Wednesday, February 27, 2019
"Med Mal 101: Back to Basics" is 12-part series produced by Friday, Eldredge & Clark. Written by the attorneys in the Medical Malpractice Group, the content will be delivered monthly via email and is designed to give physicians and other healthcare providers information they need to know about malpractice litigation.
Part 2 of 12:
Responding to a Complaint
In Part 1 of Med Mal 101 , we identified the parties and legal pleadings required to initiate a lawsuit. In this article, we will address what happens when a medical care provider is served with notice of a lawsuit.

The first thing to keep in mind is that actions for medical injury typically must be filed within two years from the date of the alleged negligent act. Ark. Code Ann. § 16-114-203(a). There are limited exceptions when the case involves a foreign object left in the body or where the patient was a child, for example. In those cases, the statute of limitations period may be longer.

Once a lawsuit is filed, the person bringing the lawsuit ("plaintiff") is required to provide formal notice of the case to all persons who are being sued ("defendants"). Unless there is a special circumstance that requires an extension of time, the plaintiff must serve a copy of the summons and complaint on each defendant within 120 days of the case being filed in court. Ark. R. Civ. P. 4(i). If the plaintiff fails to complete service within the 120-day period, the action should be dismissed. 

In order to satisfy due process, there are very particular requirements regarding how a person can be summoned to court. For this reason, medical care providers who are served with court papers should take careful note of how, when and exactly what papers they receive in connection with a case so that their lawyers can make sure that their rights as defendants are respected. 
Assuming a defendant is properly served with the lawsuit, the defendant must file a written answer to the complaint. An answer is a detailed legal document that will require the help of a lawyer, so it is important to obtain counsel immediately upon notice of suit. Typically, the defendant must file an answer within 30 days from service of the summons and complaint. Ark. R. Civ. P. 4. If a defendant does not timely answer, judgment by default may be entered against her or him, which may be treated as a failure to defend. Therefore, it is critical for a defendant to timely respond to a complaint.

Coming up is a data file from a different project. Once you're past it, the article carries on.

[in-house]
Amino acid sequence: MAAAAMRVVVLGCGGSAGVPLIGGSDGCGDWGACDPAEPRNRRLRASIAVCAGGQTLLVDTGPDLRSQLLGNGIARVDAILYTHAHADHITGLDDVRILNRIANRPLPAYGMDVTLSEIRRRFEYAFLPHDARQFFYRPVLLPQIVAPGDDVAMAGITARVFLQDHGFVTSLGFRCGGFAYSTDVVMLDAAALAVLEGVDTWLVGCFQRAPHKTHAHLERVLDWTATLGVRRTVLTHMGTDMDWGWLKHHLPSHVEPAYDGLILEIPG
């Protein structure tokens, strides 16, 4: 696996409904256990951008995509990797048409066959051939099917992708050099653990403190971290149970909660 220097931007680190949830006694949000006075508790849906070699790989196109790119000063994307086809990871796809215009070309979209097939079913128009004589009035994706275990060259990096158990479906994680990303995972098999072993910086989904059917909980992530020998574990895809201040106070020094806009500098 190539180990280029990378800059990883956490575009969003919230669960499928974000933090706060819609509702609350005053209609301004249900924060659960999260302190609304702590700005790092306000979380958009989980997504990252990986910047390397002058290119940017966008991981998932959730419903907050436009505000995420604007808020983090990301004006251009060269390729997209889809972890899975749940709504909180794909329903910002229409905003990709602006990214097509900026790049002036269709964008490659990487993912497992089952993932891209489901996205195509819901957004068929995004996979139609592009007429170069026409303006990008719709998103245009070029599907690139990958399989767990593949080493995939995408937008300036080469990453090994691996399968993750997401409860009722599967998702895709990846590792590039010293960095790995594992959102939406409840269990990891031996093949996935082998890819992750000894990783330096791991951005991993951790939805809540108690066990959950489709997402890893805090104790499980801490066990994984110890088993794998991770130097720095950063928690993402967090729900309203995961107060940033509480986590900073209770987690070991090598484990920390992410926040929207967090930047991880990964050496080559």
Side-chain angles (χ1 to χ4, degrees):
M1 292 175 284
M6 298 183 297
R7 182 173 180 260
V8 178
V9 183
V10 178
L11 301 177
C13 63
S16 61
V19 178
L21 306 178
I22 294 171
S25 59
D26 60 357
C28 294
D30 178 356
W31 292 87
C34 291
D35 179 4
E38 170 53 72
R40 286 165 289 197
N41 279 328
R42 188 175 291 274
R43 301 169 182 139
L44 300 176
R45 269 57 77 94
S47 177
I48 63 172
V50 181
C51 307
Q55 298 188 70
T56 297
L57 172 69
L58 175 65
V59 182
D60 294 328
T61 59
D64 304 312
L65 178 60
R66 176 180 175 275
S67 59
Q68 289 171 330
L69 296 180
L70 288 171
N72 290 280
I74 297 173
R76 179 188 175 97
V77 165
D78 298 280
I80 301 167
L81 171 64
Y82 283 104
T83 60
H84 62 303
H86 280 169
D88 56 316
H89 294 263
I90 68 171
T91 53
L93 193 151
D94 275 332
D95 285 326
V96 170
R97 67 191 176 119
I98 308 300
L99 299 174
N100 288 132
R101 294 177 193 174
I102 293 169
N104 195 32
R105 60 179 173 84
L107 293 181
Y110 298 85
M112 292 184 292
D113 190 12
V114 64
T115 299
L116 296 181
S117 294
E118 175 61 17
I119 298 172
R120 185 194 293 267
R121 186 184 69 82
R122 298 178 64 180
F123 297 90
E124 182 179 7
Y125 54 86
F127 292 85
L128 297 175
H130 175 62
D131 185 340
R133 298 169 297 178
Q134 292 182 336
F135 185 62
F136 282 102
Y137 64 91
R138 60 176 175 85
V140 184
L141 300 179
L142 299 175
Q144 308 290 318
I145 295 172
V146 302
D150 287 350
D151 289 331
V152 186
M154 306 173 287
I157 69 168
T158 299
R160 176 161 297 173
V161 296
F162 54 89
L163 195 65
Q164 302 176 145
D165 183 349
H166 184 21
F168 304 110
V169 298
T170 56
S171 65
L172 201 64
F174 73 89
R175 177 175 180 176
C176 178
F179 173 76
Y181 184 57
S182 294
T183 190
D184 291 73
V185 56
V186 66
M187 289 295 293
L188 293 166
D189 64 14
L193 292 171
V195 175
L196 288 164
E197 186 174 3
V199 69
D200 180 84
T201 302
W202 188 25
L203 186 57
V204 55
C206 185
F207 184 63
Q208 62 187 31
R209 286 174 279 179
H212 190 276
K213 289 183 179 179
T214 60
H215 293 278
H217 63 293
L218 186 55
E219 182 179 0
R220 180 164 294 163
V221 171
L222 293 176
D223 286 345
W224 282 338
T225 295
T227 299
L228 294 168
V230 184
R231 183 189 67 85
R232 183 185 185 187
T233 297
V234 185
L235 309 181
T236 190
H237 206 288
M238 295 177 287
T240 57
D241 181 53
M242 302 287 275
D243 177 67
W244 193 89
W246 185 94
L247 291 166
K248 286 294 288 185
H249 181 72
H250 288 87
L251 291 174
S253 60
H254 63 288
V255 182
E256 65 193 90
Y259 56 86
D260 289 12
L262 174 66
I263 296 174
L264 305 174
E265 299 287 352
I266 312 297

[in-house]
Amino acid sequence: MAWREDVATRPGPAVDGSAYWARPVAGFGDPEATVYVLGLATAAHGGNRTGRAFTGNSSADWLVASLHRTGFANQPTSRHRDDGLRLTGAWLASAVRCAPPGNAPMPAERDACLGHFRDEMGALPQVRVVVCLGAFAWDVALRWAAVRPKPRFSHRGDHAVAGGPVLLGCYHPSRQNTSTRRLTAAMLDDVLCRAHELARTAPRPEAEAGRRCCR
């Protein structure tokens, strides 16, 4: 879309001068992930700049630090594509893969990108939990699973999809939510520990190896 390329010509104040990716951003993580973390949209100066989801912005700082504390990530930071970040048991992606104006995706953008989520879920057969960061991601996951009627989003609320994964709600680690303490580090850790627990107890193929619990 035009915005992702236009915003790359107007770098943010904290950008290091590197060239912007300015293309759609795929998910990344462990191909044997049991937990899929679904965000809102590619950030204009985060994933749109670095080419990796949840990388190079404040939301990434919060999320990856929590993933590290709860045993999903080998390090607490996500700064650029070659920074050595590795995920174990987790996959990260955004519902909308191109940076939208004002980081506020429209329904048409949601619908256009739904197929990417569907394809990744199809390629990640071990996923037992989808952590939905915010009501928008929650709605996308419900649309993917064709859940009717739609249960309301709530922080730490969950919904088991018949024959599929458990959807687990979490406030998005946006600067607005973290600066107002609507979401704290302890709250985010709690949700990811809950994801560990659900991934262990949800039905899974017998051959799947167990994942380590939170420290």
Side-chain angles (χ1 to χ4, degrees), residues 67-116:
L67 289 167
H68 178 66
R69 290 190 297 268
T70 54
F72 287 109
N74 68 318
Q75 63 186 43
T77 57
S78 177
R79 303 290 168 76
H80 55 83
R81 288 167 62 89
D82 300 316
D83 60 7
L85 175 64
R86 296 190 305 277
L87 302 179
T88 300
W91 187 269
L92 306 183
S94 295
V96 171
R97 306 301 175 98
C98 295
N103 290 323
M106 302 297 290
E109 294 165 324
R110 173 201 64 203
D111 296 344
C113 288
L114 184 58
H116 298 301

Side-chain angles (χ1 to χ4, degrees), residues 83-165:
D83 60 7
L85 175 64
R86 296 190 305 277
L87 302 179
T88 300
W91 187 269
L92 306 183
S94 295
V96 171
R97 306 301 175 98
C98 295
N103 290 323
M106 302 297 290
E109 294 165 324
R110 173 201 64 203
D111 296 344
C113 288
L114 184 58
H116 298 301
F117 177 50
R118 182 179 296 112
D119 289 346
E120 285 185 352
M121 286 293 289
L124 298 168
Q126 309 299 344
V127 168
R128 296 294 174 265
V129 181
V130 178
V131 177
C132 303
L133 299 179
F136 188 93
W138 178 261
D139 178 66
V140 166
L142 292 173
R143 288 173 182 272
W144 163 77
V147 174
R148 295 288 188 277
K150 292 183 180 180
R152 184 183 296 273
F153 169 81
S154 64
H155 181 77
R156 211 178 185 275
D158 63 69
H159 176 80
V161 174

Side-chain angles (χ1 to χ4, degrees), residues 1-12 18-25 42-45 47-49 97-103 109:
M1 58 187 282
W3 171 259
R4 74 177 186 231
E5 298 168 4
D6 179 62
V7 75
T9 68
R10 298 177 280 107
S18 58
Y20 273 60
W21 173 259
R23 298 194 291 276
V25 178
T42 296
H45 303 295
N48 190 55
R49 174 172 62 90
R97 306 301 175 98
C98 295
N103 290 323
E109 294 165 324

A defendant is required to work carefully with his or her lawyer to draft the answer to the complaint. Complaints must identify the claims made and specify facts upon which, if true, relief can be granted under Arkansas law. The defendant must answer each specific allegation in the complaint to the best of his or her knowledge. Any allegations in the plaintiff’s complaint that are not denied in the defendant’s answer are deemed admitted. Ark. R. Civ. P. 8(c). Accordingly, it is crucial for a defendant to respond accurately to each allegation listed in the plaintiff’s complaint. If a defendant is without knowledge or information sufficient to form a belief as to the truth of an allegation, he or she must state so, and it will have the effect of a denial. Ark. R. Civ. P. 8(b). 

A defendant must also set forth certain available affirmative defenses in his answer or they may be waived. An affirmative defense is an assertion of facts or legal defenses that may defeat the plaintiff’s claim, such as a violation of the statute of limitations, which was discussed earlier in this article.

Properly responding to a plaintiff’s complaint is an important part of defending a case. It is important for medical care providers to immediately notify their insurance carriers and attorneys when they receive a complaint so that the answer properly protects their rights as litigants.
Next month, Part 3 of Med Mal 101 will discuss the legal “standard of care” for physicians practicing in Arkansas. 

If you missed Part 1: How a Lawsuit Gets Started, click here.

For a complete schedule of future articles, click here.
Medical Malpractice
The information was written by the attorneys in the  Medical Malpractice Group  at Friday, Eldredge & Clark, LLP.

This information is not a substitute for legal advice and should be considered for general guidance only. 

For more information, please contact one of our   Medical Malpractice Attorneys.

Medical Malpractice Group

When faced with a medical malpractice claim, healthcare providers require respected, experienced counsel they can trust to defend their practices and reputations. The attorneys in our Medical Malpractice Group are devoted to the defense of physicians, nurses, practice groups and hospitals in malpractice cases, which provides unique insight into the complexities of this type of litigation. 

At Friday, Eldredge & Clark, we are focused on providing our healthcare clients with consistently talented, ethical and efficient representation before state licensing boards and in all stages of litigation though jury trial and appeal. 
About the Firm

Friday, Eldredge & Clark, LLP serves business, non-profit, governmental and individual clients in Arkansas and across the United States. It is one of the oldest law firms in the state and has been the largest Arkansas-based law firm for more than 50 years. The firm has practice areas focusing on General Litigation; Class Action and Business Litigation; Railroad; Labor and Employment; Medical Malpractice; Public Finance; Healthcare; Estate Planning and Probate; Employee Benefits; Real Estate and Commercial Transactions; and Merger and Acquisitions. Friday, Eldredge & Clark has offices in Little Rock, Fayetteville and Rogers, Arkansas.
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